Blizzard sweeps through the U.S. Midwest, two die in accident

CHICAGO The blizzard that blasted Colorado and shut down Denver’s airport swept through the U.S. Midwest on Thursday, leading to at least two weather-related traffic deaths and dumping up to 12 inches (30 cm) of snow in Wisconsin, officials said.

A woman and her 15-year-old sister died when their van crossed over the median of a slippery highway in the city of Hartford around 11:10 a.m. local time and crashed into an oncoming semi-truck, the Washington County Sheriff’s Office said. The truck driver, a 61-year-old from Ontario, Canada, was not injured.

National Weather Service meteorologist Bob McMahon in Milwaukee said sleet was falling in Washington County before it received as many as two inches of snow by the evening. McMahon said northern and central Wisconsin bore the brunt of the storm, pummeled by a band that dropped up to 12 inches (30 cm) of snow.

Wisconsin Governor Scott Walker declared a state of emergency on Wednesday in response to severe winter weather and blizzard conditions.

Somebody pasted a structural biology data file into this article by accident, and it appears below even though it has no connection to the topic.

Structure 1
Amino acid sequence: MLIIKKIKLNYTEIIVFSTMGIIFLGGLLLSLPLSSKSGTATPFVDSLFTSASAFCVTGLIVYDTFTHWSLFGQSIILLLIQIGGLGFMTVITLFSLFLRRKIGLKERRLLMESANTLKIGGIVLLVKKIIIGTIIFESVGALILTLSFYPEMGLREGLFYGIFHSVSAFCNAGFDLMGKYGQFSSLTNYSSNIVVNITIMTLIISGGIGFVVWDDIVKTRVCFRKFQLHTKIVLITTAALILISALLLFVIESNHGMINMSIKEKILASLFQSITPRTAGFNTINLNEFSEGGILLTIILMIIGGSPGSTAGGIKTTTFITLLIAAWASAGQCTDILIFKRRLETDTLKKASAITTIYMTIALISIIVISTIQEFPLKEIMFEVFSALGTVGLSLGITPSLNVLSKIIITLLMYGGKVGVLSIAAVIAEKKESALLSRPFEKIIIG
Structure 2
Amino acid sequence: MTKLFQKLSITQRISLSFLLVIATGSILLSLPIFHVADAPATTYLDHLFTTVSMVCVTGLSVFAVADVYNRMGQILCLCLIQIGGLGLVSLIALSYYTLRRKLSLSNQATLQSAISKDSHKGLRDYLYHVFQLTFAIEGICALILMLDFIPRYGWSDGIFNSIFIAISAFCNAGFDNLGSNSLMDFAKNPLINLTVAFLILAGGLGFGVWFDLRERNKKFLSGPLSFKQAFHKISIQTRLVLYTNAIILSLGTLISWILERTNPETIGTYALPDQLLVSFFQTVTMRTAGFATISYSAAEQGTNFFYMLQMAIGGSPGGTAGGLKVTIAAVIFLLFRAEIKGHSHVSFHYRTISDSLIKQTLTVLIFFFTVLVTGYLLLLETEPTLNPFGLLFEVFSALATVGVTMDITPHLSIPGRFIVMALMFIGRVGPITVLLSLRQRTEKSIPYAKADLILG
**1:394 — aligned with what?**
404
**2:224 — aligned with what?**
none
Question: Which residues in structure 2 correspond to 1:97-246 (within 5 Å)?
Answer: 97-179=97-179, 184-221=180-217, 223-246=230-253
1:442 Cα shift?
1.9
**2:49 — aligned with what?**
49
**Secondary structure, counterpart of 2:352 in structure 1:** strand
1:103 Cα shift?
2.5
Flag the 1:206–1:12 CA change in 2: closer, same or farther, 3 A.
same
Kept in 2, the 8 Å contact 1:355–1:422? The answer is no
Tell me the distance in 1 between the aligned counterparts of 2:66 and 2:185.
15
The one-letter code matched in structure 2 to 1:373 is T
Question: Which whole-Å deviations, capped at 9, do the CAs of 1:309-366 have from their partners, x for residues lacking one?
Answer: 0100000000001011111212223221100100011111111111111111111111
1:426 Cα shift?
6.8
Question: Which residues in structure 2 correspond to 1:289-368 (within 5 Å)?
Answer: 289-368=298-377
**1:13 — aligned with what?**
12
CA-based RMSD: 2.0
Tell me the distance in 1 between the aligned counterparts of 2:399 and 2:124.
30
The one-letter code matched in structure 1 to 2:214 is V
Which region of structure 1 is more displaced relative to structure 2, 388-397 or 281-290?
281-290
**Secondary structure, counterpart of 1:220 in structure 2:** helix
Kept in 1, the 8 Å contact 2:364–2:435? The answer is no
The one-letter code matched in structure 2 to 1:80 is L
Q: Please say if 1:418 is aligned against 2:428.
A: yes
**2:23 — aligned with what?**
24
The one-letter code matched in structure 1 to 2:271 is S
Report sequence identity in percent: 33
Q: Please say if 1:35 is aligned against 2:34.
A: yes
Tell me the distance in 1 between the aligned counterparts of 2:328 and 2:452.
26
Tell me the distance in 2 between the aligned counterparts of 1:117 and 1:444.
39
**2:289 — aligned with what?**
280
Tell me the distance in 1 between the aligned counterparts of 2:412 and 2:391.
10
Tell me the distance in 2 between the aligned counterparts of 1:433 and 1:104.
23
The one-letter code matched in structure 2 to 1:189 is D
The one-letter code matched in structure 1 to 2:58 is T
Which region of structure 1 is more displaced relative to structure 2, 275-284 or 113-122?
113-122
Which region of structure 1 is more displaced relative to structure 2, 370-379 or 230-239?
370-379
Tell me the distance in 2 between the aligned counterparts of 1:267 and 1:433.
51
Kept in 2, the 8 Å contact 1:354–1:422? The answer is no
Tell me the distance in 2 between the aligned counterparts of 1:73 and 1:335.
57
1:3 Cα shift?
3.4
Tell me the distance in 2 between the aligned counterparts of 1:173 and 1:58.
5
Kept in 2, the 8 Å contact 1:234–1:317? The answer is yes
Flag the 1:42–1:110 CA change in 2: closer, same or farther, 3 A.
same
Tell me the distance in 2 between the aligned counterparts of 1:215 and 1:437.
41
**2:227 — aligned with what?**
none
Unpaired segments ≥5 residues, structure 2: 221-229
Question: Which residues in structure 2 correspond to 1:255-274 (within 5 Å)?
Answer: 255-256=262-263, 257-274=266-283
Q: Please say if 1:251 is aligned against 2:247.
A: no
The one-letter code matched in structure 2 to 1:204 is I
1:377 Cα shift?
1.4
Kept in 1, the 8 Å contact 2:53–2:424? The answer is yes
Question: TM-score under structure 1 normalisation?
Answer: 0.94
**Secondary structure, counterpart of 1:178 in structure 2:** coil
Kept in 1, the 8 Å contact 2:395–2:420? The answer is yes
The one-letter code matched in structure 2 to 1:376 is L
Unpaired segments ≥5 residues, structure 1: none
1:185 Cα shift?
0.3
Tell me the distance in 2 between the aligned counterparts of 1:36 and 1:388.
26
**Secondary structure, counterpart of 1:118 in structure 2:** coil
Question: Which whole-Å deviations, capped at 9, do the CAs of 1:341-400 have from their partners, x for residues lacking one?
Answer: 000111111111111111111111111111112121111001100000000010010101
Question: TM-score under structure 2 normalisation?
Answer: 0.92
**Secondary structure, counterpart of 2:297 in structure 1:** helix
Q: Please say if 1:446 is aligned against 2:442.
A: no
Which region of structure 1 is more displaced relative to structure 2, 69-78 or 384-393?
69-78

Snow is predicted again for parts of Colorado late on Friday and Saturday, but conditions will not be as severe as they were on Wednesday, when areas of the state saw up to more than two feet (60 cm) of snow and the Denver International Airport shut down, National Weather Service forecaster Andrew Orrison said.

“We’re not expecting snow like what we just had,” Orrison said.

A cold front moved across Louisiana, which received heavy showers and thunderstorms in the southeastern part of the state, Orrison said. The rain had dissipated by Thursday afternoon, forecasters said.

A tornado watch was in effect until 7 p.m. CDT on Thursday for the central Gulf Coast region, from Gulfport, Mississippi, to Panama City, Florida, in the western half of the Florida panhandle, forecasters said.

In addition, Mobile, Alabama, issued a flash flood warning that was in effect until 4 p.m. CDT on Thursday after the airport there saw more than 2.5 inches (5 cm) of rain in about 1-1/2 hours, a forecaster said.

(Reporting by Suzannah Gonzales and Curtis Skinner; Editing by Sandra Maler)

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